OSR evaluation:

ONS’s work using its SQMM demonstrates commitment to maximising quality of productivity estimates and one outcome of this review was that the team plans to learn more about internal data suppliers’ QA processes. ONS’s planned updating of its published documentation will provide further reassurances to users about quality.

Requirement 4:

ONS should find a more appropriate balance, in conjunction with users, between statistical production, the development of the statistics to meet users’ needs and publishing insightful analysis which informs understanding of the impacts of economic shocks on different aspects of the productivity puzzles.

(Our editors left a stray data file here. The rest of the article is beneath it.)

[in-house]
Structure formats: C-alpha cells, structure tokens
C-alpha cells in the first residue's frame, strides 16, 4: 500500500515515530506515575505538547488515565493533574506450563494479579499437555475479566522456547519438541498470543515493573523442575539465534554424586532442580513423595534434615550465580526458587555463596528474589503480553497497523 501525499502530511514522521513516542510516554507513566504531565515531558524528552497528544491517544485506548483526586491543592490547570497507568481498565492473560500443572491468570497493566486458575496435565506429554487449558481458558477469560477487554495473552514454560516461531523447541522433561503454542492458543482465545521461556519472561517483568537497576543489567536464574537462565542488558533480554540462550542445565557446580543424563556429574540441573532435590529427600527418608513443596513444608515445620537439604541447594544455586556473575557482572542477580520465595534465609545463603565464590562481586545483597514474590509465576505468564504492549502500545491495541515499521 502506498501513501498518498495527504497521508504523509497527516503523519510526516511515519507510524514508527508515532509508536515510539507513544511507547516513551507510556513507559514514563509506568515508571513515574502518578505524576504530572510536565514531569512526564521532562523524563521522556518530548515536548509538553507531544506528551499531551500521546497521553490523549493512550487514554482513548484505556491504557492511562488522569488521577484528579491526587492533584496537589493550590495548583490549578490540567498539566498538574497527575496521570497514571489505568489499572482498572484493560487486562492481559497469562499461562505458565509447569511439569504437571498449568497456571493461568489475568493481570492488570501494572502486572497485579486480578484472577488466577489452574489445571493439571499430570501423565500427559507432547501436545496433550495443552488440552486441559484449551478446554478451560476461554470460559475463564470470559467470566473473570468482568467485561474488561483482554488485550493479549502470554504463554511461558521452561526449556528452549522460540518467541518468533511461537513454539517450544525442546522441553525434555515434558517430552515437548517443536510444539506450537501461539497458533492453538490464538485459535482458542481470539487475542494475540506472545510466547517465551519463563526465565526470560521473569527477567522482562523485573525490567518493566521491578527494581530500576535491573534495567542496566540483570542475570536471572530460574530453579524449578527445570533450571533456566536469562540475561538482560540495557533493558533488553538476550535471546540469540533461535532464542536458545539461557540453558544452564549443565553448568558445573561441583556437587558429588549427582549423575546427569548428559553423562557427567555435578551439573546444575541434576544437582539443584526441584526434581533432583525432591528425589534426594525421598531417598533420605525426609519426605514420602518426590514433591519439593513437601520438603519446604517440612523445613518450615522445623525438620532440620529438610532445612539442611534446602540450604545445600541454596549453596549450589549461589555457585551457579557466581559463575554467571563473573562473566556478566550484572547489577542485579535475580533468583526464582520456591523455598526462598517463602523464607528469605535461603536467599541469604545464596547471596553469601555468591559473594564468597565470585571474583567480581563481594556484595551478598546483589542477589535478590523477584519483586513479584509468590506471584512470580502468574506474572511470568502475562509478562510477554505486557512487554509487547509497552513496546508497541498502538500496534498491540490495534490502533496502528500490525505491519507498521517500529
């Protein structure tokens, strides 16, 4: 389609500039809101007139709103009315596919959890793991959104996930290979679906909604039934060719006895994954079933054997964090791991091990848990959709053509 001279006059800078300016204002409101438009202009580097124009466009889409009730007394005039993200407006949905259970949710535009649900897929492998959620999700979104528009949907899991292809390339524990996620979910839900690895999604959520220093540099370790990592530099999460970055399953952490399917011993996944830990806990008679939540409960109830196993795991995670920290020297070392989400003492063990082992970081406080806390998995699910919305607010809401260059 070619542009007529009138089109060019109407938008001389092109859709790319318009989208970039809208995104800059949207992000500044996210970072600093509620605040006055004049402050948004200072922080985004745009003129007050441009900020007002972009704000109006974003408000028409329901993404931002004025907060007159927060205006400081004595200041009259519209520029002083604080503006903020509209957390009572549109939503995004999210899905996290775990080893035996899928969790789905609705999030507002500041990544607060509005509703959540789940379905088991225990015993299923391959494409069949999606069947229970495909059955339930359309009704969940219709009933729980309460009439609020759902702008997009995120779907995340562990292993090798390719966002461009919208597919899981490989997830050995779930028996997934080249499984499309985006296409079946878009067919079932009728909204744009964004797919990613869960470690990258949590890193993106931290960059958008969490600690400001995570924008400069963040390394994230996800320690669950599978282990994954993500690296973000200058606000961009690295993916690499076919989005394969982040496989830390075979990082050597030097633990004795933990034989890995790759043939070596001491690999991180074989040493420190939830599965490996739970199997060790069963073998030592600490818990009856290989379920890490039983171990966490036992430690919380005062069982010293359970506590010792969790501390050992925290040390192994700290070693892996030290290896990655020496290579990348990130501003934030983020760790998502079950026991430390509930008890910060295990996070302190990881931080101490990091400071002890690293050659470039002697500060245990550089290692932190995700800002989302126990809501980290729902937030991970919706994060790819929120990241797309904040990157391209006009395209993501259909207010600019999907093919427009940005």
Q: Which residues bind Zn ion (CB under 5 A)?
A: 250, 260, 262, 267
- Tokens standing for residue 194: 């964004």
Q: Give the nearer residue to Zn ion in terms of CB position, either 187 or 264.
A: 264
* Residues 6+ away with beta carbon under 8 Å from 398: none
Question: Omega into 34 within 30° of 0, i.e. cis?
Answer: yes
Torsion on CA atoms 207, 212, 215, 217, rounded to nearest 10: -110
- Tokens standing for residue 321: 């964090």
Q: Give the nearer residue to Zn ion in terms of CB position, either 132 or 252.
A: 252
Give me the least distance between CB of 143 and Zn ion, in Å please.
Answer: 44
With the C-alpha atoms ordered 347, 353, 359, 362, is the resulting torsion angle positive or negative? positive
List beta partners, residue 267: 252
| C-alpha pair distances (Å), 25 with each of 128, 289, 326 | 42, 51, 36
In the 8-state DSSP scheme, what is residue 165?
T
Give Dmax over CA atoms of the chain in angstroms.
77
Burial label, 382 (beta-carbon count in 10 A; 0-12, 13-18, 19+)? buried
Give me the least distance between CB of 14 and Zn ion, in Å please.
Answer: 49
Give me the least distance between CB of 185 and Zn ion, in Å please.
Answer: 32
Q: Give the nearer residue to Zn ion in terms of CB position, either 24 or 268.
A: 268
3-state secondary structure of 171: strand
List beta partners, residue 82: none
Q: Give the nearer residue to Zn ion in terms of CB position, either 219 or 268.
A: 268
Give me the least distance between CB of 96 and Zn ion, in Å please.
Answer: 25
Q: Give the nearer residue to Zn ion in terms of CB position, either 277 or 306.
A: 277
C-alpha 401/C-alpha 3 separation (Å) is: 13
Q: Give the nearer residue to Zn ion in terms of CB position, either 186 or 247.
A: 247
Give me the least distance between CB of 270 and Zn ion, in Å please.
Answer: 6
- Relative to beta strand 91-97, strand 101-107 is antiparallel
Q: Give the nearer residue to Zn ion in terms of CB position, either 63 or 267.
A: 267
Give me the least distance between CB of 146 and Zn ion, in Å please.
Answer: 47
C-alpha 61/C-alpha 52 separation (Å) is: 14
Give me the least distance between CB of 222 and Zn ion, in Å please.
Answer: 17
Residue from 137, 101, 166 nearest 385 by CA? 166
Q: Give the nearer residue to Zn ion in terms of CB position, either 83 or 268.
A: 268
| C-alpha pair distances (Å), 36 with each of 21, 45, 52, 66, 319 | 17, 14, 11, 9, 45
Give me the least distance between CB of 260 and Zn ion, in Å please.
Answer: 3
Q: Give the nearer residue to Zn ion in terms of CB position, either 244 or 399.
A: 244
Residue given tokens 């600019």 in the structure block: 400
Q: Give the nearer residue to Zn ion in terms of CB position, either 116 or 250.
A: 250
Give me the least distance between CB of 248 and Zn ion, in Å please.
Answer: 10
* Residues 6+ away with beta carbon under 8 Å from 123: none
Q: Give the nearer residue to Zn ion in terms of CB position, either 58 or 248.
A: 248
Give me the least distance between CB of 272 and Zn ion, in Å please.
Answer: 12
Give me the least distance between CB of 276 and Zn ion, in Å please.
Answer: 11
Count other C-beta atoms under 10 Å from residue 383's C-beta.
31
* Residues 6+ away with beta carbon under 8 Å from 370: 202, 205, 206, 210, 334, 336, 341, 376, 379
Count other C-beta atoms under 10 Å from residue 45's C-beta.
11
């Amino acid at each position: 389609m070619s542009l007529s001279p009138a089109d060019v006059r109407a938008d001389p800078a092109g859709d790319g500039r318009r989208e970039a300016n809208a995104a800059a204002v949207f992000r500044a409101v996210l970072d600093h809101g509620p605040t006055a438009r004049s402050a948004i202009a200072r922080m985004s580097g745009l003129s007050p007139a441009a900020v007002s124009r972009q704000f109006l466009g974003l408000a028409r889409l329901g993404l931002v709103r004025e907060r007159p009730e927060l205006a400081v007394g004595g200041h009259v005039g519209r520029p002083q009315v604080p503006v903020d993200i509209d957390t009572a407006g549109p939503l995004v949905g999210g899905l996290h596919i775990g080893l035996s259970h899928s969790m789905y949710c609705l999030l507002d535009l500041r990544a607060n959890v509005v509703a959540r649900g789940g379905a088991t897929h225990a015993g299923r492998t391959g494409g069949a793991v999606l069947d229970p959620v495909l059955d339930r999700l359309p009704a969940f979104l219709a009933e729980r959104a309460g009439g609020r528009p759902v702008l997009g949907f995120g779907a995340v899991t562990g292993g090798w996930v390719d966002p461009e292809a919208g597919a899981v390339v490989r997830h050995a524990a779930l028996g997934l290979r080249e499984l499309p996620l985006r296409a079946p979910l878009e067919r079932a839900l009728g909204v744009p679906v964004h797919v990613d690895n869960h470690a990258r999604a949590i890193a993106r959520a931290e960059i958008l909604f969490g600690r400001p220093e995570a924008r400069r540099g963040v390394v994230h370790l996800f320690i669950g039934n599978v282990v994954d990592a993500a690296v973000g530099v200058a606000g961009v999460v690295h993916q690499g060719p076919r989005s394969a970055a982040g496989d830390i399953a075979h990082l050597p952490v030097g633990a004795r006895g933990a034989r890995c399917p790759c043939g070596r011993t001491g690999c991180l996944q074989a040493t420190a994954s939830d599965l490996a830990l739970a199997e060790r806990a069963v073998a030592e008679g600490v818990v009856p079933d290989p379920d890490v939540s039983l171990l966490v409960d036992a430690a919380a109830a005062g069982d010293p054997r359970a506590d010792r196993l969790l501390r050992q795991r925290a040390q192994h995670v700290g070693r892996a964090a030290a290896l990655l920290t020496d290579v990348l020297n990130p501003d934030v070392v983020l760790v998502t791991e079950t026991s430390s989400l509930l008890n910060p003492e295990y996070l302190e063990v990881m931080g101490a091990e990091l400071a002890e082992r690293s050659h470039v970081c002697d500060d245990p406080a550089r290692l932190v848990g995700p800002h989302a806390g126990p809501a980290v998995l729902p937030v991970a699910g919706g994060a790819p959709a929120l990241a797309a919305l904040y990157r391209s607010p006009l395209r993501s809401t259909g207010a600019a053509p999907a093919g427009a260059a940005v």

Actions taken by ONS:
OSR evaluation:

ONS has acted upon user feedback for example, re-introducing ICP and publishing more disaggregated/lower-level geography productivity statistics combining statistics on labour income and costs, which now gives users a more rounded story. ONS has been proactive in publishing insightful analysis via articles into productivity in specific industries and changes it’s made to measuring capital utilisation.

Requirement 5:

ONS should:

  1. provide commentary that joins up what’s happening to trends in productivity and explains the evolving story of productivity in the UK
  2. explain the reasons for its selection of the periods for presenting productivity trends 
  3. further develop the use of platforms such as Twitter to illustrate the statistics better, including with suitable data visualisations such as charts, maps, and tables to help aid interpretation of the statistics